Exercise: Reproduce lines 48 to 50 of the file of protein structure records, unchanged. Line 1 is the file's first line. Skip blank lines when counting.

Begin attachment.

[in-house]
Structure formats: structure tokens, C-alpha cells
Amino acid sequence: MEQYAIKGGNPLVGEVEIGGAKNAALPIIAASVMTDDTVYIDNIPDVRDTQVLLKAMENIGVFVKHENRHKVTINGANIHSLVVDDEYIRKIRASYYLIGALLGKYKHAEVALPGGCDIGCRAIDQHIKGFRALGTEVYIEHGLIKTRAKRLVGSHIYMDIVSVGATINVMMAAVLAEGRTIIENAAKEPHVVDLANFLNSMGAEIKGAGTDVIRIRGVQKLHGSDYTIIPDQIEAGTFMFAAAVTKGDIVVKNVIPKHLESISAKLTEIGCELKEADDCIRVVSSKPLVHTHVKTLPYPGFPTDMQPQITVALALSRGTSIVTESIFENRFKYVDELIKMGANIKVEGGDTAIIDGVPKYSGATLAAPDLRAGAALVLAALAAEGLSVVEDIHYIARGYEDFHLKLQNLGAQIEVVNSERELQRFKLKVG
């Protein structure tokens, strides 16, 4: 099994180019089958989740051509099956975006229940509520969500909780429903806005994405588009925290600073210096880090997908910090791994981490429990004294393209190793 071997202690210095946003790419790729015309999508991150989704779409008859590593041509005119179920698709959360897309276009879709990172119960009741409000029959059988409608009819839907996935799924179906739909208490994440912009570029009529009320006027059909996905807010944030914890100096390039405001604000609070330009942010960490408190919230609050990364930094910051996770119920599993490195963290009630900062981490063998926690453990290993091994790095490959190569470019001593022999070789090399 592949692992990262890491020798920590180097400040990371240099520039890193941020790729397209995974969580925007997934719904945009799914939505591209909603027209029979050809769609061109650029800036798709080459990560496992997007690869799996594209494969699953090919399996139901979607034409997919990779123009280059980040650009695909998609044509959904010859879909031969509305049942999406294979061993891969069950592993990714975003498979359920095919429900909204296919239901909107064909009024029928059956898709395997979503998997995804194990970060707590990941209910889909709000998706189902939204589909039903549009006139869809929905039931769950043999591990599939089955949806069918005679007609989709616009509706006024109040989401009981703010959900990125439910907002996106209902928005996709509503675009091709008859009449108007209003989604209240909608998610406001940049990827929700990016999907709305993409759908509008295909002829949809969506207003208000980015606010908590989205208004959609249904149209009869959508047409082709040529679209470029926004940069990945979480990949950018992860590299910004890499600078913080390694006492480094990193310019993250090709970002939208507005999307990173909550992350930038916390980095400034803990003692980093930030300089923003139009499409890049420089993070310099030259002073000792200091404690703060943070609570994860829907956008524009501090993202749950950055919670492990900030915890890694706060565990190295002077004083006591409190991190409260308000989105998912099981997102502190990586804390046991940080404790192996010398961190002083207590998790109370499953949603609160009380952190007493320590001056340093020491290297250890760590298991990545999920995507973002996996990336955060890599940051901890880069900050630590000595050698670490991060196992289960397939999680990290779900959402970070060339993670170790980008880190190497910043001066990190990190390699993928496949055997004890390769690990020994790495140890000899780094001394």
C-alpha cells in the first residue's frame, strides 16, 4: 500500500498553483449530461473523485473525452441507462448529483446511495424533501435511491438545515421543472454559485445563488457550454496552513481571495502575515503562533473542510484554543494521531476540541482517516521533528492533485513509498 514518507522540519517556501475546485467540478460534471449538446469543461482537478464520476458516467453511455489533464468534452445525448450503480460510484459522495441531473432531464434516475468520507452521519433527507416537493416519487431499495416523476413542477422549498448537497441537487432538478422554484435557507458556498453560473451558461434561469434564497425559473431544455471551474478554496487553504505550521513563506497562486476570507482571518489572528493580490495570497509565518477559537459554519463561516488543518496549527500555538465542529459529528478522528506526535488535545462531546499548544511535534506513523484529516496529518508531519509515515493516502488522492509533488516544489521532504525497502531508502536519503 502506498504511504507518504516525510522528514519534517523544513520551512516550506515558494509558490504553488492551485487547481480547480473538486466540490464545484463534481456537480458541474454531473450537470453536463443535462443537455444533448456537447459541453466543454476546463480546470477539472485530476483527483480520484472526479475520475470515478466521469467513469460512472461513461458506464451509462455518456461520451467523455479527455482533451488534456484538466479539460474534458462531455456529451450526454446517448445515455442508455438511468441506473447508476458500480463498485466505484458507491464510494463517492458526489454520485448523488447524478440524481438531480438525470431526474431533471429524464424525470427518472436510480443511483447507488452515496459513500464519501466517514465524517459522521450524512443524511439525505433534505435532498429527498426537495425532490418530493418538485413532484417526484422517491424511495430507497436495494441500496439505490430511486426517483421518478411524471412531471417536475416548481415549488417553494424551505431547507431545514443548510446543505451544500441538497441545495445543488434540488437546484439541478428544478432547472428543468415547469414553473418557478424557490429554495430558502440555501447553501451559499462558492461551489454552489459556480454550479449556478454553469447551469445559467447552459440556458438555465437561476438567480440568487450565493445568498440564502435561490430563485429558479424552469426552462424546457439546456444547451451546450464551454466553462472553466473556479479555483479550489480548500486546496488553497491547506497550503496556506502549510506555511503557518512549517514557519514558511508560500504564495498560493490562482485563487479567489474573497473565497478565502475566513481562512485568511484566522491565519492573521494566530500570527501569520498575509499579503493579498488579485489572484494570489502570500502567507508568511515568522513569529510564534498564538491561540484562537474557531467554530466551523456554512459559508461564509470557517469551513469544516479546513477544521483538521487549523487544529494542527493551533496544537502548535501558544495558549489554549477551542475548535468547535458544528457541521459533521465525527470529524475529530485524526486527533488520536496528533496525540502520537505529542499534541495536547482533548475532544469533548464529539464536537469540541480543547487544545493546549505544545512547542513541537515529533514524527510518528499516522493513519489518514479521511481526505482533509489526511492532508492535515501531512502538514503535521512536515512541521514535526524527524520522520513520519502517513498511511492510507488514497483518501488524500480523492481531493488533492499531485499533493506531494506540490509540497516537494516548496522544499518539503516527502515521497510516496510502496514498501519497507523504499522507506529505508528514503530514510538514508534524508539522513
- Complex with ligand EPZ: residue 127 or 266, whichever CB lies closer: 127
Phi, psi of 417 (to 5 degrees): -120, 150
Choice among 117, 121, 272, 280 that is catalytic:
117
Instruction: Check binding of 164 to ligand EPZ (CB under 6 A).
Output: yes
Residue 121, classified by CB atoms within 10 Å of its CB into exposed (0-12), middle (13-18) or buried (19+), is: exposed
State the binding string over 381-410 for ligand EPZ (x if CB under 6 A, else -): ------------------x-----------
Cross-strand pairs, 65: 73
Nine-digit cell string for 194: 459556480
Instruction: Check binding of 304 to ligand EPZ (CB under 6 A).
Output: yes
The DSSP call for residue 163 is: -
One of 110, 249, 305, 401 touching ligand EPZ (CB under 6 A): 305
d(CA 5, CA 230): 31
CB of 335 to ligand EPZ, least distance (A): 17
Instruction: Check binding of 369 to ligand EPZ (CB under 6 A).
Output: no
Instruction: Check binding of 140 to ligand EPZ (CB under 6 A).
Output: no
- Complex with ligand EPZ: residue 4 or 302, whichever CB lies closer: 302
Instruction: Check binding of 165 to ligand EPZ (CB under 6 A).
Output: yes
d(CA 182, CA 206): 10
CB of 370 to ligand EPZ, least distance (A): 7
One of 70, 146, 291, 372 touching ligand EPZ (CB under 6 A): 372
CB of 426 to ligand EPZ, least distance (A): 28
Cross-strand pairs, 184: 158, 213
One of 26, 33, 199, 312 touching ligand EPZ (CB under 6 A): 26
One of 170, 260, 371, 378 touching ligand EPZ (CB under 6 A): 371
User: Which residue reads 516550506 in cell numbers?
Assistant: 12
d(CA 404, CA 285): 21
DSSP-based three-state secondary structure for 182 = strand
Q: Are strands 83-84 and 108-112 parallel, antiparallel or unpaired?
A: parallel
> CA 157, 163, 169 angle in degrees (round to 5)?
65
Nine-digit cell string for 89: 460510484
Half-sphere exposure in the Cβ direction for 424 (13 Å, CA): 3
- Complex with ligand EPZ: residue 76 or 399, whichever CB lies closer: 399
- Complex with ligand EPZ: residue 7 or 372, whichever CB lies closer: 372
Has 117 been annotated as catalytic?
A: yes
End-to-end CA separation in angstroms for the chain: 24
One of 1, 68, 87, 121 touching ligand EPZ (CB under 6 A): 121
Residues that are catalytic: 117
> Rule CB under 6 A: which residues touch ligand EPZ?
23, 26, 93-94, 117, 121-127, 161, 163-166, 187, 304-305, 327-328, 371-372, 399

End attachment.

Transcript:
Has 117 been annotated as catalytic?
A: yes
End-to-end CA separation in angstroms for the chain: 24